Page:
The late Carl Sagan was a great proponent of sending a fly-by mission to Pluto. Several canceled missions later, and years after Sagan’s passing, his dream finally came true. After a journey of nine and a half years and three billion miles, NASA’s New Horizons spacecraft reached the dwarf planet Pluto on July 14th, 2015.
This feat of nuclear powered engineering was designed and built by the Johns Hopkins University Applied Physics Laboratory in Laurel, Maryland, which operates the craft and manages the mission for NASA. Because of Pluto’s great distance from Earth, it takes radio transmissions four and a half hours to travel between the two, which results in challenges in operating the craft. In addition, the great distance means that when the radio signals arrive, they are very weak, so the data transmission rate is rather slow. As a result, it will take until late 2016 for us to receive all the data stored on the craft’s recorders.
In the meantime, however, since the July flyby, a mere 7,800 miles above Pluto’s surface, we are already receiving some stunning new data that is helping to unlock the mysteries of the dwarf planet and its moons. The new detailed photos we’ve received so far show a surprisingly diverse terrain, with high mountains and smooth plains of exotic ices. According to MIT’s Richard Binzel, an investigator on the New Horizons mission, “Active processes must be occurring on Pluto to give that diverse range of features. We have a lot of new mysteries to solve.”
Amongst the many mysteries is the discovery of a mountain range, rising as high as 11,000 feet. The lack of craters in the area indicates that the mountains are no more than 100 million years old, very young in astronomical terms, and these mountains may still be in the process of forming. Unlike the icy moons of the giant planets, Pluto can’t be heated by gravitational interactions with a larger planet because there is none close by, so it’s not clear what process is responsible for these features.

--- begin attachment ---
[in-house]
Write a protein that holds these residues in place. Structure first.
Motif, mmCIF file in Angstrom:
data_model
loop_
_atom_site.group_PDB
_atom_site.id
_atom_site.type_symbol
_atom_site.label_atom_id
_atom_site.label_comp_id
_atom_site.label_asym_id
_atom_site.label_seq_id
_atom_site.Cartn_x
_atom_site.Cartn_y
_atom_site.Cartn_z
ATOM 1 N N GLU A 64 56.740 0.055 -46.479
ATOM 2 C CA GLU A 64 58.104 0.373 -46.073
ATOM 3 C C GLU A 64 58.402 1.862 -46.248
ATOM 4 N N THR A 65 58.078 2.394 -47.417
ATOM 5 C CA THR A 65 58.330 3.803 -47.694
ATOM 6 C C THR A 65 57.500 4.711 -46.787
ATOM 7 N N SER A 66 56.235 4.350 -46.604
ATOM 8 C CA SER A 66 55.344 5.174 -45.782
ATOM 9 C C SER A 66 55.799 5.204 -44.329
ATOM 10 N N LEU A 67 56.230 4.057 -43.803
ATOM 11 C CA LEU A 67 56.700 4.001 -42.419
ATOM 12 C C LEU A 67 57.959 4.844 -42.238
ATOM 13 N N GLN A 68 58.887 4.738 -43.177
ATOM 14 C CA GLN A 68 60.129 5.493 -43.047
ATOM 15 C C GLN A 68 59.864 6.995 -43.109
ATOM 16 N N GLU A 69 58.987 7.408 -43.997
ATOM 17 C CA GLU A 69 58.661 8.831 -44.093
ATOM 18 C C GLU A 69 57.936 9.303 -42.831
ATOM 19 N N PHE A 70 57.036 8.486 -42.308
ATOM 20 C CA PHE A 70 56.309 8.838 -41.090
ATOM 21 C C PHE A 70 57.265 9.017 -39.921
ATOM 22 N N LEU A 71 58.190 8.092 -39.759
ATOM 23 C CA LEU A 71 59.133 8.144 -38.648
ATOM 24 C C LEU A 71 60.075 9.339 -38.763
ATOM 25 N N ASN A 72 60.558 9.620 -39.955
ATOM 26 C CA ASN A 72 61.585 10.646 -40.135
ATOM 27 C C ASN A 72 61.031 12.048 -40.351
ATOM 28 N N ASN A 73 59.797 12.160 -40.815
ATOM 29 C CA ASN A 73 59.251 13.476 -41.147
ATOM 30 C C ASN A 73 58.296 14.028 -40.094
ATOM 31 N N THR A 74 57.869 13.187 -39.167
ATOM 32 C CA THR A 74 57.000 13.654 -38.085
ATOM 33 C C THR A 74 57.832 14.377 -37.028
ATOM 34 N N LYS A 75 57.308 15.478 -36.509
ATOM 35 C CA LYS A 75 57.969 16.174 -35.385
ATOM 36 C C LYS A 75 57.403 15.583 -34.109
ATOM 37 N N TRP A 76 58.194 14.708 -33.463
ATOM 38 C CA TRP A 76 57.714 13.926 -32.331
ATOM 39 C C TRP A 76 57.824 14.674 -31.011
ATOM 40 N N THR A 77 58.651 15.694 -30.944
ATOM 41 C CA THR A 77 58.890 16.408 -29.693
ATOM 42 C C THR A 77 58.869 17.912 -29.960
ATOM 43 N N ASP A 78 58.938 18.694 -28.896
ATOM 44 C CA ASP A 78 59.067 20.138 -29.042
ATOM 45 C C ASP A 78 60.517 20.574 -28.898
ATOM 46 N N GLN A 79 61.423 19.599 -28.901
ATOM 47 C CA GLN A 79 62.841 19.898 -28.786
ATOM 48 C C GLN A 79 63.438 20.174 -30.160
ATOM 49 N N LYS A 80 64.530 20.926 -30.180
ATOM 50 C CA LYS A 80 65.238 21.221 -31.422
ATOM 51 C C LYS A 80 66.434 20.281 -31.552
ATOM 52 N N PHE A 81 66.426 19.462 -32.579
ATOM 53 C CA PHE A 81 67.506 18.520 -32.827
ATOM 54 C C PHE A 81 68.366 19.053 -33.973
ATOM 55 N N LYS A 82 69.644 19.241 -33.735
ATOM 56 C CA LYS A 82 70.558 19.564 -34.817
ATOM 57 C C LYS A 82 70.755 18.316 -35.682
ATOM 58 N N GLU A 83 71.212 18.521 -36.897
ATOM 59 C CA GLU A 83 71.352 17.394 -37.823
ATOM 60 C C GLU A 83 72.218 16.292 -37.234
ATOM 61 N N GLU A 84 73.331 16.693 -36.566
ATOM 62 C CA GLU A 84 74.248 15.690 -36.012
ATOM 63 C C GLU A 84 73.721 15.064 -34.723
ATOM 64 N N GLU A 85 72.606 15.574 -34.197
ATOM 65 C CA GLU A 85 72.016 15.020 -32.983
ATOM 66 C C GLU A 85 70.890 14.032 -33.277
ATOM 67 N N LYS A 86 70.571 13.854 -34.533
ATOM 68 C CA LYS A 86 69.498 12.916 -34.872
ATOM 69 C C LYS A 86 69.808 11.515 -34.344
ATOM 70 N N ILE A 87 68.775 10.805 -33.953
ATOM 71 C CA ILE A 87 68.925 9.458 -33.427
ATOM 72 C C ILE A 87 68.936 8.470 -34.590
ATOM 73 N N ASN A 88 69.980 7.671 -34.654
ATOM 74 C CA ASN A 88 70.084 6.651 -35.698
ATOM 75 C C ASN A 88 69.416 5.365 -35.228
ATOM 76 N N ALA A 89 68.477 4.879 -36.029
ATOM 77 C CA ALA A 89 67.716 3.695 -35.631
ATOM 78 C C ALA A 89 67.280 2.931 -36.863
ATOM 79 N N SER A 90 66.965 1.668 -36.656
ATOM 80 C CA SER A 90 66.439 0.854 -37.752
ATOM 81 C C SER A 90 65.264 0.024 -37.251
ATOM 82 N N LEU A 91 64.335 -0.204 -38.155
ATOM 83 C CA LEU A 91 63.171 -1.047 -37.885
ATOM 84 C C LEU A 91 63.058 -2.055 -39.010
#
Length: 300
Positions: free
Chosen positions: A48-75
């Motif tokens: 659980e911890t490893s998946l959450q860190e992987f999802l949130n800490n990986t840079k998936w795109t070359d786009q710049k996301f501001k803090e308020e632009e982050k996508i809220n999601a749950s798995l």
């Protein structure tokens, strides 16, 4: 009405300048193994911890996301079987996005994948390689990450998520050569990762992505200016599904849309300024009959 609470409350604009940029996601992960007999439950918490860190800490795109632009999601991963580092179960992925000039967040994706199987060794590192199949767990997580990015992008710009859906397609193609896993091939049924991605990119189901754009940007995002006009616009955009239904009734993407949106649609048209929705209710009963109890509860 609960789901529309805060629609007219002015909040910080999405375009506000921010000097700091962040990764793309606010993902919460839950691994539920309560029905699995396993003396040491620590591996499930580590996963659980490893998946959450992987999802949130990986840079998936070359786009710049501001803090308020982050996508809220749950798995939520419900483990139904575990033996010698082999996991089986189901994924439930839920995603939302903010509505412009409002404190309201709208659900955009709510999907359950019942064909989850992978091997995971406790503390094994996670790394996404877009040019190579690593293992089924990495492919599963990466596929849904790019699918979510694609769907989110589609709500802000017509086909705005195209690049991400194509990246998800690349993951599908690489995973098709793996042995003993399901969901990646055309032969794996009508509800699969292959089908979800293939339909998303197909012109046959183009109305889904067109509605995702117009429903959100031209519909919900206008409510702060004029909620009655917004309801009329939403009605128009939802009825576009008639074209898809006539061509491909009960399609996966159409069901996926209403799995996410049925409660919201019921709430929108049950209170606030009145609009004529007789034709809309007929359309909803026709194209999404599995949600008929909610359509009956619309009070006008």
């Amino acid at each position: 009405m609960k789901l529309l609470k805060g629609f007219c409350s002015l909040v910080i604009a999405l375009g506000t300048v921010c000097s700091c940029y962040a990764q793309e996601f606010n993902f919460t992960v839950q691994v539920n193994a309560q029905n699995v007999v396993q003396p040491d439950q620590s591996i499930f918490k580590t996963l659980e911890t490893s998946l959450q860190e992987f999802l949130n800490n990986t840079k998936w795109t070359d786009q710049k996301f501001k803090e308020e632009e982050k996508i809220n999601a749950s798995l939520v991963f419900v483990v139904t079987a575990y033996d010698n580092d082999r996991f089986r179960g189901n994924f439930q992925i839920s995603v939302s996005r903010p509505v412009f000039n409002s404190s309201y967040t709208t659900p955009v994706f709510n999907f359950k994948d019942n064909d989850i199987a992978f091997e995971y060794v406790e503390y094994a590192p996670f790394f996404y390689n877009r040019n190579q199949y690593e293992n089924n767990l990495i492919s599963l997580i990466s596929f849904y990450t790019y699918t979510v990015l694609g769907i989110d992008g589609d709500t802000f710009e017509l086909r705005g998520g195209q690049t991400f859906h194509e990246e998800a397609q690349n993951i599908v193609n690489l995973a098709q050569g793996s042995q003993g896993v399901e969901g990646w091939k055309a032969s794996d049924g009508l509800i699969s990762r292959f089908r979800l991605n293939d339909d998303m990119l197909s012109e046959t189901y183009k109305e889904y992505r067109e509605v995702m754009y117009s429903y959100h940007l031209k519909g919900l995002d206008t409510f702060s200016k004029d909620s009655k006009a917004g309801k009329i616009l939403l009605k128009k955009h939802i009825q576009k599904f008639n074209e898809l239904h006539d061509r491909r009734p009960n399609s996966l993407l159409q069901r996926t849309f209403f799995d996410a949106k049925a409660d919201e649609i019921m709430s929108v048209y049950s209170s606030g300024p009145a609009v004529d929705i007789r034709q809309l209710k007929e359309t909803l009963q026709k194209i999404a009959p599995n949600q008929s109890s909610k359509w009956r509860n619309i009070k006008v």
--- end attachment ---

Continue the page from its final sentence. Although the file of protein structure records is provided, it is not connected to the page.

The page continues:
The latest data from New Horizons provides vivid images of Sputnik Planum, an area in the heart-shaped region of Pluto, which show evidence of nitrogen ice flows, along with carbon monoxide and methane ices. The data also reveals an atmosphere dominated by nitrogen. However, Pluto’s small mass allows hundreds of tons of nitrogen to escape into space per hour. So there has to be a source to replenish the nitrogen in both the atmosphere and ice flows. Recent research by Kelsi Singer of the Southwest Research Institute and Alan Stern, Principal Investigator on the New Horizons mission, suggests that geological activity is helping to bring nitrogen up from Pluto’s interior to replenish the supply. This research has since been bolstered by the latest images from New Horizons that show land forms that suggest heat is rising beneath the surface, with troughs of dark material collecting or bubbling up between flat sections of crust. Just as with the mountains observed on Pluto, it’s not clear what process is responsible for such internal heating but possibilities include geysers and ice volcanoes. However, why the internal heating occurs at all remains a mystery.
Another intriguing discovery is that Pluto has a long plasma tail of ionized gas caused by its atmosphere being blown into space by the solar wind. In addition, complex hydrocarbons are responsible for the reddish color of Pluto’s surface. It’s moon Charon is covered in chasms and craters. The data keeps streaming in, surprising and amazing us. Given that most of the data stored on the spacecraft’s recorders has yet to reach Earth, what wondrous discoveries might still await us?
In other astronomy news, on Sunday, September 27th, there will be a lunar eclipse visible in the Springfield area starting at 9:07pm and ending at 12:27am, September 28th. An eclipse-viewing program will take place from 6:30pm to 11:30pm on September 27th at the Springfield Science Museum. The museum galleries will be open from 6:30pm till 9:00pm and there will be planetarium shows and a special presentation about lunar and solar eclipses by Richard Sanderson. At 9:00pm, participants will move outdoors to view the eclipse, using telescopes provided by the Springfield Stars Club, until the total phase ends. The cost is $5 for adults and $3 for children aged 17 and under.
Also, join the Springfield Stars Club on Tuesday, September 29th at 7pm at the Springfield Science Museum for a talk by Richard Sanderson entitled “A Review of Summer Astronomy Events.” The talk will include a review of the September 27th lunar eclipse. Sanderson is curator of physical science at the Springfield Science Museum and manages the museum’s Seymour Planetarium and Observatory. He is an astronomy writer and co-author of the 2006 book, “Illustrated Timeline of the Universe.” Refreshments will be served, and the public is welcome. The meeting is free of charge for members, with a suggested donation of $2 per non-member.
On Friday, October 2nd, at 7:30pm, the Stars Club and the Springfield Science Museum will host “Stars over Springfield,” an astronomy adventure for the whole family. Astronomy educator Jack Megas will speak on “Observing the Fall Sky.” A fee of $3 for adults and $2 for children under 18 will be charged.
Copyright © Amanda Jermyn